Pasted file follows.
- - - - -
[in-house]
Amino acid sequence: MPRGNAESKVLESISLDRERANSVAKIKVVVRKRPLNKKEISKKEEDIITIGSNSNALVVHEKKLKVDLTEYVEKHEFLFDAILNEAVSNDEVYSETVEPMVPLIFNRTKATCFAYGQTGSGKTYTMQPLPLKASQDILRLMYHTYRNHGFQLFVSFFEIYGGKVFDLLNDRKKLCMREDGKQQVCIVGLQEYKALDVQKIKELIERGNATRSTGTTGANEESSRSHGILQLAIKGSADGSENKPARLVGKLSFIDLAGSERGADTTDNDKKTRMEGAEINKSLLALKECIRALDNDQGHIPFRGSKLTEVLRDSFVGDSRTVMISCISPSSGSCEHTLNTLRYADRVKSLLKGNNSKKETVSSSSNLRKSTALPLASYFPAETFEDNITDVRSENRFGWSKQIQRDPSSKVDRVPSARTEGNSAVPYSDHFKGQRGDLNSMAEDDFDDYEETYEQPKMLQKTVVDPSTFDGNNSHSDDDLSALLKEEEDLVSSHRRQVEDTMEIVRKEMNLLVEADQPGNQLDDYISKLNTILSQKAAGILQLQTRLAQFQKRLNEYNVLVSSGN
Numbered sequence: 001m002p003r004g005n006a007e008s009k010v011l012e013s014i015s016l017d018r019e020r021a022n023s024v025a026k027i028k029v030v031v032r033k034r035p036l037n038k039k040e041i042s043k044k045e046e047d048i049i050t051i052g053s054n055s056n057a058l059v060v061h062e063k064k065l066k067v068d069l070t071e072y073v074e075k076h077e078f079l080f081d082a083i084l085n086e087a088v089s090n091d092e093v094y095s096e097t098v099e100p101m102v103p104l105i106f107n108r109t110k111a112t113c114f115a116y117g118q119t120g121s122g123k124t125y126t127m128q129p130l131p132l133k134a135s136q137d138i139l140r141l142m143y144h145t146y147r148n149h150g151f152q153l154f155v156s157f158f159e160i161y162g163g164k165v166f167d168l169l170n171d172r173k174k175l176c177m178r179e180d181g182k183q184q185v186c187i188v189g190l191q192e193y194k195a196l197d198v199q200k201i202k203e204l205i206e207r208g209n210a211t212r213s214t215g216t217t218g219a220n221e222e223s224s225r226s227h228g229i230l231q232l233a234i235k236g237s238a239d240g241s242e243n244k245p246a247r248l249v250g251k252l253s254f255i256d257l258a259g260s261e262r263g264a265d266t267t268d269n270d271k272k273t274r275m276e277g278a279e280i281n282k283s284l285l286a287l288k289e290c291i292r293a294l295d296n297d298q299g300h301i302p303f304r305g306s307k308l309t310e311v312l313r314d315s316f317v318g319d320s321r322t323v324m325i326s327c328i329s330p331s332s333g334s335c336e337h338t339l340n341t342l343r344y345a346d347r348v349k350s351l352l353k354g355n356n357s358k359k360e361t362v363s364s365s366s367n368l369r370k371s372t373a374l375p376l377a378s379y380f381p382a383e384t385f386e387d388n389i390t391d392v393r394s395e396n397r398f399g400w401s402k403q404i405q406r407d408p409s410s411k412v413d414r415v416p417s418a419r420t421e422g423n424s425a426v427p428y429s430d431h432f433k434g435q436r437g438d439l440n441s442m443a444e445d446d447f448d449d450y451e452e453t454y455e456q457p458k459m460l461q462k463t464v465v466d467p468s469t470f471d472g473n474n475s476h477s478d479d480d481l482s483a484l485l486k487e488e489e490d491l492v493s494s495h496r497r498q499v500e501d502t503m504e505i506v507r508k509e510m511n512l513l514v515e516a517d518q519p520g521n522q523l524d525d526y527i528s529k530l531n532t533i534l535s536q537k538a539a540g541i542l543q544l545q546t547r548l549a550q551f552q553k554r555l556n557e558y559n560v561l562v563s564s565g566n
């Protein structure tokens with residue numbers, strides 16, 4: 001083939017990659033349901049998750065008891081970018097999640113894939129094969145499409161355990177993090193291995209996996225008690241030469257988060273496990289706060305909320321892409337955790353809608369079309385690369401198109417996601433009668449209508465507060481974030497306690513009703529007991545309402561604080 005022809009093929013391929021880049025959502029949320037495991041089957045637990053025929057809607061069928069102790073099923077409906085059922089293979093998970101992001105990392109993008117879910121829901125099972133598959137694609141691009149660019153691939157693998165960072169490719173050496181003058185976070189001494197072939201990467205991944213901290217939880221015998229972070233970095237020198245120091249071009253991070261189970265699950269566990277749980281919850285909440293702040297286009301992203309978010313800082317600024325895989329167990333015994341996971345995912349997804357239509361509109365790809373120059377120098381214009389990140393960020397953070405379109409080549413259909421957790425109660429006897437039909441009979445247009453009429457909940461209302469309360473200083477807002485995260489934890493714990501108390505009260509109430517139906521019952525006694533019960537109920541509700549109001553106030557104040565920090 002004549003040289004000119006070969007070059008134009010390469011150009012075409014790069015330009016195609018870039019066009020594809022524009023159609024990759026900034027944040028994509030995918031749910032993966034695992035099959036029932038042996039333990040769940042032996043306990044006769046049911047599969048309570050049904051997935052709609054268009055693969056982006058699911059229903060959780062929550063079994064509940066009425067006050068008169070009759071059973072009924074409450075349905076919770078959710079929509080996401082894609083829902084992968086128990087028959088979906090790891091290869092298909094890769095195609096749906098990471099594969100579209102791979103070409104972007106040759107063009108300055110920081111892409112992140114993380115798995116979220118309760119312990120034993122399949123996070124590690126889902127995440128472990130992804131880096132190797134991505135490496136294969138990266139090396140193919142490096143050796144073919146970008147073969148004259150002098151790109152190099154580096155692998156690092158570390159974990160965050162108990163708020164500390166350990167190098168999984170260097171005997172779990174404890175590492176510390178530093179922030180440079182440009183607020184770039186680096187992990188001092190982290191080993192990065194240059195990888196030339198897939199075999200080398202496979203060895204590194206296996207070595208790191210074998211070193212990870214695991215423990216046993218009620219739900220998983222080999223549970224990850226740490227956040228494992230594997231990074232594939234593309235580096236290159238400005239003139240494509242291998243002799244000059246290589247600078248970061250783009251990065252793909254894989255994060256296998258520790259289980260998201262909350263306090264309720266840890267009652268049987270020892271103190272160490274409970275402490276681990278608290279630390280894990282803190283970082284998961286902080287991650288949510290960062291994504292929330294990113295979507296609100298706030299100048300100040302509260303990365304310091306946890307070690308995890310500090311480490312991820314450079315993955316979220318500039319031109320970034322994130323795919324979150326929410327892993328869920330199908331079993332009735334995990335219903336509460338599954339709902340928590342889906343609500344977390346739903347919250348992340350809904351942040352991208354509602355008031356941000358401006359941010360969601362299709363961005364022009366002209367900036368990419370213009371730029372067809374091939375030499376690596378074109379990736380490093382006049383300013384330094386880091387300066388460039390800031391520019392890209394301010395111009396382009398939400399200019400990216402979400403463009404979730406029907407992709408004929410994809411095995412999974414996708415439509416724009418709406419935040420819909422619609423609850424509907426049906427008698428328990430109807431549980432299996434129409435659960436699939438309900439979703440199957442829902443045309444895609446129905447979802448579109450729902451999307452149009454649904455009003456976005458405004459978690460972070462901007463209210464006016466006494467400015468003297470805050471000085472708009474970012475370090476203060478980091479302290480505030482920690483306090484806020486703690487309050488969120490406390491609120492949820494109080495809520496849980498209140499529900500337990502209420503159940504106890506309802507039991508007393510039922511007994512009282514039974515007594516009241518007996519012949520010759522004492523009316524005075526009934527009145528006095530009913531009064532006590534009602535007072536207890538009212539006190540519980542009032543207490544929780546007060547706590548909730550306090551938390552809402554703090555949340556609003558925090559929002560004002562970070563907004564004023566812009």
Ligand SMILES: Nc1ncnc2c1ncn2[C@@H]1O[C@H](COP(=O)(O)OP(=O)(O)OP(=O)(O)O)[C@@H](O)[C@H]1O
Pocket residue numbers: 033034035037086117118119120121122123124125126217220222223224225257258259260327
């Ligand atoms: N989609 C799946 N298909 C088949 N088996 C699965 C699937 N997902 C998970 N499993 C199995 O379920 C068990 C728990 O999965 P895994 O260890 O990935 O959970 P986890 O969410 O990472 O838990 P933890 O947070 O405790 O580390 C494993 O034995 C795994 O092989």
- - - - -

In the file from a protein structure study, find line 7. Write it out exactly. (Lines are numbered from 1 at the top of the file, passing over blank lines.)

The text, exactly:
């Ligand atoms: N989609 C799946 N298909 C088949 N088996 C699965 C699937 N997902 C998970 N499993 C199995 O379920 C068990 C728990 O999965 P895994 O260890 O990935 O959970 P986890 O969410 O990472 O838990 P933890 O947070 O405790 O580390 C494993 O034995 C795994 O092989």